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Google-Verizon Announcement Garners Wide Range of Reactions

in FCC/Mobile Broadband/Net Neutrality by

WASHINGTON, August 10, 2010 - The announcement of a joint policy on network neutrality by Google and Verizon has garnered both criticism and support.

Commissioner Michael Copps was the only Federal Communications Commission official to comment: “Some will claim this announcement moves the discussion forward. That’s one of its many problems. It is time to move a decision forward—a decision to reassert FCC authority over broadband telecommunications, to guarantee an open internet now and forever, and to put the interests of consumers in front of the interests of giant corporations.”

Rep. Edward Markey, D-Mass., former chairman and current senior member of the telecommunications subcommittee, criticized the proposal for its lack of inclusion of wireless services and the lack of consumer privacy protection.

He said: “The proposal also calls for tying the commission’s hands to protect consumers, foster innovation and investment and ensure fair competition and excludes safeguards for other unspecified or differentiated online services. Rather than a proposal from two corporate giants, a public process at the FCC is needed to ensure the preservation of an unfettered Internet ecosystem that will continue to be an indispensable platform for innovation, investment, entrepreneurship, and free speech.”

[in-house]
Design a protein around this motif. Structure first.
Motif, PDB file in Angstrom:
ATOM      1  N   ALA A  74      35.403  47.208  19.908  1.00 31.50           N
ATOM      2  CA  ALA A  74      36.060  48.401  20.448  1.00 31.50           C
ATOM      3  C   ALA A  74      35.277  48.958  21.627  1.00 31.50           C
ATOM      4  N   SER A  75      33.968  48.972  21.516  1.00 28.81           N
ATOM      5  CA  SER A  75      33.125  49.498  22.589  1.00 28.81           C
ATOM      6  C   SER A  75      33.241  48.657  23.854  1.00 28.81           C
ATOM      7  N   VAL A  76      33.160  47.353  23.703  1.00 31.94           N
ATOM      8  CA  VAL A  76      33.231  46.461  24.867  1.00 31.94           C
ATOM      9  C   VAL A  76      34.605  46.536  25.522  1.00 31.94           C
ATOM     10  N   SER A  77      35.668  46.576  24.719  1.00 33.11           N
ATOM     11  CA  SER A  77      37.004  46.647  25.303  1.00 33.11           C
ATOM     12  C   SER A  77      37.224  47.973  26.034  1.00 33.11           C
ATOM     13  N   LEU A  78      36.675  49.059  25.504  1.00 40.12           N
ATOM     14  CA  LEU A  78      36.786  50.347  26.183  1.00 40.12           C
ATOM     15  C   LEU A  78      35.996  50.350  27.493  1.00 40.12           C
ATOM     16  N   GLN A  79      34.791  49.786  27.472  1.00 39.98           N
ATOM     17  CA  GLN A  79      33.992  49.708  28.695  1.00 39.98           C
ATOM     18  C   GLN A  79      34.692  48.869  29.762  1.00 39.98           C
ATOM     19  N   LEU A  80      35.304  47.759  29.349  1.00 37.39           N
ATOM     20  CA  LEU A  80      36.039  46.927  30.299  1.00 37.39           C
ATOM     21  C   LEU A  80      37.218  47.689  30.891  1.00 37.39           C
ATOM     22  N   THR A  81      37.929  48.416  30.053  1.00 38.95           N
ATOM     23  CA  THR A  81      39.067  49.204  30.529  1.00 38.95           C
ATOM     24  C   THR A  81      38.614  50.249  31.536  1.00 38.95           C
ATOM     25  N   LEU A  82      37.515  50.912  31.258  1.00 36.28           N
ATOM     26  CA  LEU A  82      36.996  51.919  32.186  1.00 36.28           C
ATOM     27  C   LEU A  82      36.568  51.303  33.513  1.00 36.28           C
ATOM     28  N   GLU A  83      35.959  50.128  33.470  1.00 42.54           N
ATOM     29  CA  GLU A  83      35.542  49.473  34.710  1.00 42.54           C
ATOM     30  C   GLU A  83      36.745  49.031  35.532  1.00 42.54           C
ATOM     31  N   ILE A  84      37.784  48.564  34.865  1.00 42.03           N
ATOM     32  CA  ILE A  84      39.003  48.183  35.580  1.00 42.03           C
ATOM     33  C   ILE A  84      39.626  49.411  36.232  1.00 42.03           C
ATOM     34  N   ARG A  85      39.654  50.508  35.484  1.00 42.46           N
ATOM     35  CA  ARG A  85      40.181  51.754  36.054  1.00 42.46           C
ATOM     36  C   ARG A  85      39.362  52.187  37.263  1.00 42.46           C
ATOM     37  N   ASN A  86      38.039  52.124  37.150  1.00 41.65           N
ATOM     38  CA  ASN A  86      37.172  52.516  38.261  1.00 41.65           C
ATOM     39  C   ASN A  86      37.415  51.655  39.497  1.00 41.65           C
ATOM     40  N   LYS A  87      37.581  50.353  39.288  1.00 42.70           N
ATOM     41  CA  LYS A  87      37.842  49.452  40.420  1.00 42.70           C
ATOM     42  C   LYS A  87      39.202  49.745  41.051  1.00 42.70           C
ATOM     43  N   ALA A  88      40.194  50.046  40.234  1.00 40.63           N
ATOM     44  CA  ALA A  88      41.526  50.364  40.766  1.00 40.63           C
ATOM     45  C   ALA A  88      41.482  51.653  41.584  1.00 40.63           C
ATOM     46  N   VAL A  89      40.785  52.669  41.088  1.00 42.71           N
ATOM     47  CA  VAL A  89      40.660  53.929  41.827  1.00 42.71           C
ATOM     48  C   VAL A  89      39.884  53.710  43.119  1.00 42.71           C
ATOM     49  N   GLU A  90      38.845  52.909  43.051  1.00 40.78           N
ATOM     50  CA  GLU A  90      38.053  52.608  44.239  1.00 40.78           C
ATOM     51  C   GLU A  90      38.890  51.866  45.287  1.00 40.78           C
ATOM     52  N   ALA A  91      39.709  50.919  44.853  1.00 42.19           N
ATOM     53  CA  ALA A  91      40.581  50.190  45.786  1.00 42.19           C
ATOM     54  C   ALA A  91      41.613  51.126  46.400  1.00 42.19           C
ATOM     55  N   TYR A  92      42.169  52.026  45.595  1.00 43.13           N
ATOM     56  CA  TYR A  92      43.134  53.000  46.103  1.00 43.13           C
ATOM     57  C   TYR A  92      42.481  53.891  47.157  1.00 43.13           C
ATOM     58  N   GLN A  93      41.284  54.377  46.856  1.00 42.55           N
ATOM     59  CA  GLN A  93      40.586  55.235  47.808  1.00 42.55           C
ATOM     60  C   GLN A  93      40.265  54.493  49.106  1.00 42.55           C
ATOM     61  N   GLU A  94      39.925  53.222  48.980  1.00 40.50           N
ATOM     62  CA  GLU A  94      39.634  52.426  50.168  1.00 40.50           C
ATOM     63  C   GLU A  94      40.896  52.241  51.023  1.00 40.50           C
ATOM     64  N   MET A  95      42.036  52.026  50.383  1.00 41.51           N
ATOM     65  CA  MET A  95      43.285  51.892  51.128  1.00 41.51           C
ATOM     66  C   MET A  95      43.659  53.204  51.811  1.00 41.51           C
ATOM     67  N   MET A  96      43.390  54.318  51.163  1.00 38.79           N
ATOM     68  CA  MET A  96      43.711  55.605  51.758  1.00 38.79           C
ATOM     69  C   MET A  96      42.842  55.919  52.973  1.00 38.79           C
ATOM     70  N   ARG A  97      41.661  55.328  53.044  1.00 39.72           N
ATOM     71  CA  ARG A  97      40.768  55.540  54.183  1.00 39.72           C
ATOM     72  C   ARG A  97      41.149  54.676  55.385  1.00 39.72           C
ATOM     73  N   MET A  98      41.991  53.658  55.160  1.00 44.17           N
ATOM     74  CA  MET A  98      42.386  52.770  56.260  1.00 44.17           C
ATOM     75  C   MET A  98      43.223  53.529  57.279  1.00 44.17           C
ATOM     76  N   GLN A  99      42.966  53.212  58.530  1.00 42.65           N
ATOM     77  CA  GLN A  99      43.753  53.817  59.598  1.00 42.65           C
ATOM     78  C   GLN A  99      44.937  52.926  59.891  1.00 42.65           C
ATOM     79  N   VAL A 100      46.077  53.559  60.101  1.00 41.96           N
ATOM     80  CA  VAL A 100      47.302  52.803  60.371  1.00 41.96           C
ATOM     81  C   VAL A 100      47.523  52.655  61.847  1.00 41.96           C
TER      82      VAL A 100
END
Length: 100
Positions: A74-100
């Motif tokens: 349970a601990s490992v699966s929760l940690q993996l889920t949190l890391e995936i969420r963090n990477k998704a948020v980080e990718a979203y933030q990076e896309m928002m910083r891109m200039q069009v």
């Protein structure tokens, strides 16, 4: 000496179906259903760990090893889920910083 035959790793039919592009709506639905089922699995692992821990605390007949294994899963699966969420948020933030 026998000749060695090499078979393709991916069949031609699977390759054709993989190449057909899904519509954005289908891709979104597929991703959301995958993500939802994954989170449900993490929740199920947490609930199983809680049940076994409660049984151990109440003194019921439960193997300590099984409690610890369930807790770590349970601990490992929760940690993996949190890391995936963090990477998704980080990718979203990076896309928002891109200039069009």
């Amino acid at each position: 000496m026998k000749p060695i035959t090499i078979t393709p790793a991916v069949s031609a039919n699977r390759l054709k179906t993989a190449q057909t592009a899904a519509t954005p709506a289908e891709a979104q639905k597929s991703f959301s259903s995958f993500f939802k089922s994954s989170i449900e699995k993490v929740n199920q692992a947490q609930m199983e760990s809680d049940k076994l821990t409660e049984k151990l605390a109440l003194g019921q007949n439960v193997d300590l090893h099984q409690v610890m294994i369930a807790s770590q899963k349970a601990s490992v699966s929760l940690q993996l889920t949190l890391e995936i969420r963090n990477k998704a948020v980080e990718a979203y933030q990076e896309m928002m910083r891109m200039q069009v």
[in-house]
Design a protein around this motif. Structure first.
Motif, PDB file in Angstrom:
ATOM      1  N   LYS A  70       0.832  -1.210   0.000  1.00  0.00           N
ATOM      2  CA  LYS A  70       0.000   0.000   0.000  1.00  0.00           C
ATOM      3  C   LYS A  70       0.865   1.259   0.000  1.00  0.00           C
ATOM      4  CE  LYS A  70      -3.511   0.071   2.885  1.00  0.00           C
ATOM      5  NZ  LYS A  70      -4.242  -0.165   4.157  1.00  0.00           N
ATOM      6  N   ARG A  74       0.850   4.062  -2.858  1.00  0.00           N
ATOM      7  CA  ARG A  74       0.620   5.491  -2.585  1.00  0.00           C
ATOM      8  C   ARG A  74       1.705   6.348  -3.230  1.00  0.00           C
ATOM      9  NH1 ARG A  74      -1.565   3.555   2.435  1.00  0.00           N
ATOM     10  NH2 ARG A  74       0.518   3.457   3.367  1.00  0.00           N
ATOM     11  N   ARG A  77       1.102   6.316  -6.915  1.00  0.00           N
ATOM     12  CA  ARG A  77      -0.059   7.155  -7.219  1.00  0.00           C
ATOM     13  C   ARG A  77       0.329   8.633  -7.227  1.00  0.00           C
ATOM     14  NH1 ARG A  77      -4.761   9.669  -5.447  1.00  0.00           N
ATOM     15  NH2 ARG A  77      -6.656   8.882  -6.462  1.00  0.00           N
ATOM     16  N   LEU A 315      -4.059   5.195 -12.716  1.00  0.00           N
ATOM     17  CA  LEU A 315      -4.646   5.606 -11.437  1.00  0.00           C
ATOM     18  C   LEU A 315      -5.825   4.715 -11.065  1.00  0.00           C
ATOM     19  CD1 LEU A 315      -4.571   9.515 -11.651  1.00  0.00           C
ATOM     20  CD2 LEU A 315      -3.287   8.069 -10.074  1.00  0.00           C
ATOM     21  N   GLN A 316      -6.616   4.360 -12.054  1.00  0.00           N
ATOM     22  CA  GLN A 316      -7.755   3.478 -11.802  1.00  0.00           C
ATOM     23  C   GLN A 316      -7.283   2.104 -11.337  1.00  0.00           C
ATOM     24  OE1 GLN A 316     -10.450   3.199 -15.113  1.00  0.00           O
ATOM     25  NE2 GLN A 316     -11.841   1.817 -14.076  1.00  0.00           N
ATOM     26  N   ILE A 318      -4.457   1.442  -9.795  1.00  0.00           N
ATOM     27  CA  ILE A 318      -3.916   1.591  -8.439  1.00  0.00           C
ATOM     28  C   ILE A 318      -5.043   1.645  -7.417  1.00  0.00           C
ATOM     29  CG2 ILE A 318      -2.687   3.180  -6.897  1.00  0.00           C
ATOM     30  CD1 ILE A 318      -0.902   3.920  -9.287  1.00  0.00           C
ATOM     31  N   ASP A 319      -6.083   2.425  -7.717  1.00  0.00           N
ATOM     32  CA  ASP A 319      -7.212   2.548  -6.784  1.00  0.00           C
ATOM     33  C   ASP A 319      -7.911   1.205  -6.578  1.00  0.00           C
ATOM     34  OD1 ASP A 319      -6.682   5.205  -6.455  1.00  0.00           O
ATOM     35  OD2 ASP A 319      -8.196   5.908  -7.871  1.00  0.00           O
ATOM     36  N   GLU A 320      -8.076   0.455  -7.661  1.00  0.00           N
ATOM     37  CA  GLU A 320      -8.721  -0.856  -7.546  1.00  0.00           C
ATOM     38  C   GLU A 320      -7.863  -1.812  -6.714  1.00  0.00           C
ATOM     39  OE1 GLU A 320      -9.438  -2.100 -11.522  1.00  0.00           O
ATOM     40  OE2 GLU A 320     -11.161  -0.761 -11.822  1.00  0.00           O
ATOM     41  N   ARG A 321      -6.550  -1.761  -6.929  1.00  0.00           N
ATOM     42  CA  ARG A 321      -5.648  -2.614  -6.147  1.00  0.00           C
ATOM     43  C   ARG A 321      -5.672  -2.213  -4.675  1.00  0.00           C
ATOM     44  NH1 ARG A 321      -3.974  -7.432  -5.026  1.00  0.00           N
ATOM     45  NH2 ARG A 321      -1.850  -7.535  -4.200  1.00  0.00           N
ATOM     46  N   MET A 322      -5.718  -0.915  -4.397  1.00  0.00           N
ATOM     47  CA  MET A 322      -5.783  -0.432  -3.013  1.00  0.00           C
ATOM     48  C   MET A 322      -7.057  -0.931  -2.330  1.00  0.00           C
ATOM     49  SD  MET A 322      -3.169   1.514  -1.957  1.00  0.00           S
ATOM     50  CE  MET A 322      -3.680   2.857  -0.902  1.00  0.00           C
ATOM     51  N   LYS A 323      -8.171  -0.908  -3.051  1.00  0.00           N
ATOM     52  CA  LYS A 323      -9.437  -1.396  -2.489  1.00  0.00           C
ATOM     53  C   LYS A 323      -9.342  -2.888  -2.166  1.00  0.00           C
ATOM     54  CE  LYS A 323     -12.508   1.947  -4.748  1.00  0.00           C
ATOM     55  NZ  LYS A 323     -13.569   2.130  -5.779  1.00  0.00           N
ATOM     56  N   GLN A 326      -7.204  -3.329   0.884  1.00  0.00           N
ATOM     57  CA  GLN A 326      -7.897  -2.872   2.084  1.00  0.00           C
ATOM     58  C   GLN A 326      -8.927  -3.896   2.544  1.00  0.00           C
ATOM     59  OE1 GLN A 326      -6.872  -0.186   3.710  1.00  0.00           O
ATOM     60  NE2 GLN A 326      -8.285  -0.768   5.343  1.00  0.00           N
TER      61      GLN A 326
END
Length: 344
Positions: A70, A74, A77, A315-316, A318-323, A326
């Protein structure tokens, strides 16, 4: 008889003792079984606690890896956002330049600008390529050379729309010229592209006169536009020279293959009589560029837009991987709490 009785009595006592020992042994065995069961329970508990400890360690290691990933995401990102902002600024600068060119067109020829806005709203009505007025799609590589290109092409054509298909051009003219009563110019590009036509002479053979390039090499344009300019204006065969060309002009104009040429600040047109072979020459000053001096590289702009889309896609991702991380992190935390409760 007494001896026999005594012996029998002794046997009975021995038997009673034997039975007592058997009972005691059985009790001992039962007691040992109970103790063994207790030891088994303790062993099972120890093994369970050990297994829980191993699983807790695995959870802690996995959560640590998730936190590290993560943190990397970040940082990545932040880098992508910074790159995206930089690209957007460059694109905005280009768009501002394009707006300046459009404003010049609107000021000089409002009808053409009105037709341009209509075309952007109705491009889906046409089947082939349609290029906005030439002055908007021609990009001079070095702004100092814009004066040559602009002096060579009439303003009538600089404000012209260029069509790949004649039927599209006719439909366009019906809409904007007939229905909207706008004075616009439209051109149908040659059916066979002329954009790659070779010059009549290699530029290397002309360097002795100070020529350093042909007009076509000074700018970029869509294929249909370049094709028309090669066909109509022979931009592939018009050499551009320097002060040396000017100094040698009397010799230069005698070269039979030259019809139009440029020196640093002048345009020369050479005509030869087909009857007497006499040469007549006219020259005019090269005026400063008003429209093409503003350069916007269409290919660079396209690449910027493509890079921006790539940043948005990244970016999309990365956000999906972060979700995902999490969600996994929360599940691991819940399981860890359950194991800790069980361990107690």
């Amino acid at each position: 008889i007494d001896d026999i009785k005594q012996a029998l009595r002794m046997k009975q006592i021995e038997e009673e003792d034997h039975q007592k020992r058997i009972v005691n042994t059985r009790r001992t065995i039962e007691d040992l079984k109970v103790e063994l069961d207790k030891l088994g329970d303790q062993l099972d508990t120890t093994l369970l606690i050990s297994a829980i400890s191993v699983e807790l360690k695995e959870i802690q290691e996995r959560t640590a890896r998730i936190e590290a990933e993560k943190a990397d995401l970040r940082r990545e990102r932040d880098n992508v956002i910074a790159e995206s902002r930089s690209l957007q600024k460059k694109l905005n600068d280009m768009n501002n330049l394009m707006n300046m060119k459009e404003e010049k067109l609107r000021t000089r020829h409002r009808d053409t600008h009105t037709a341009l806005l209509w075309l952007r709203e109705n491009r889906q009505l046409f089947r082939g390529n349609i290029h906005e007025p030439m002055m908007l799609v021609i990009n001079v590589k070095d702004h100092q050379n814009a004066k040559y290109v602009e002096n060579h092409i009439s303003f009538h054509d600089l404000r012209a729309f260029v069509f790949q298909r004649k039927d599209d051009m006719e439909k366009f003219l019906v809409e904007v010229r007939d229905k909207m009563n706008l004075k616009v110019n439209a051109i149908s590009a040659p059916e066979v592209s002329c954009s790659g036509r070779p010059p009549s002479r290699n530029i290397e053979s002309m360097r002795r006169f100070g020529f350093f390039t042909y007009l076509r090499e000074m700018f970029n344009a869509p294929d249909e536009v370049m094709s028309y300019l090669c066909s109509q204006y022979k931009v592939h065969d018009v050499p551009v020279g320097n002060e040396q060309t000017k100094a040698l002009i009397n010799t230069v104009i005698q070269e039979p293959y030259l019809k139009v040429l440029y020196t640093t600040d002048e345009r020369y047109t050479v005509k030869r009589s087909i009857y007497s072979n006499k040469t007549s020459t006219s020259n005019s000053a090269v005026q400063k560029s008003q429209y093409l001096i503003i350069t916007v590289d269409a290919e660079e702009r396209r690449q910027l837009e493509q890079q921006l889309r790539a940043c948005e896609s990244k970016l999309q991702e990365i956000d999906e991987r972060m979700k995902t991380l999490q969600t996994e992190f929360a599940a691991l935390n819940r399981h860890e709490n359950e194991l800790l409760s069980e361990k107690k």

Congresswoman Anna Eshoo, D-Calif., who represents the district in which Google is based, said: “Consumers, not carriers, should determine which applications they want to use. At the end of the day, Congress and the FCC will decide the rules for net neutrality, not the companies. I remain convinced that net neutrality is necessary to ensure the continued development and innovation on the internet.”

The proposal received support from AT&T. “We’re not a party to this agreement, but will examine it closely. We remain committed to achieving a consensus solution to the net neutrality issue, either with the FCC or with the Congress. In that sense, the Verizon-Google agreement demonstrates that it is possible to bridge differences on this issue,” the firm said in a statement. During the conference call announcing the proposal Google and Verizon mentioned that the proposal was distributed to other ISPs but no other firm was willing to sign on.

The National Cable & Telecommunications Association released a statement which said in part: “It is a positive sign that two companies with divergent views on the need for regulation can reach agreement on this complicated set of issues. We remain focused and committed to exploring a targeted legislative framework that can be applied more broadly across all industry players. The Google-Verizon announcement shows that it is possible for compromise and that we can reach a constructive solution”

Rahul Gaitonde has been writing for since the fall of 2009, and in May of 2010 he became Deputy Editor. He was a fellow at George Mason University’s Long Term Governance Project, a researcher at the International Center for Applied Studies in Information Technology and worked at the National Telecommunications and Information Administration. He holds a Masters of Public Policy from George Mason University, where his research focused on the economic and social benefits of broadband expansion. He has written extensively about Universal Service Fund reform, the Broadband Technology Opportunities Program and the Broadband Data Improvement Act

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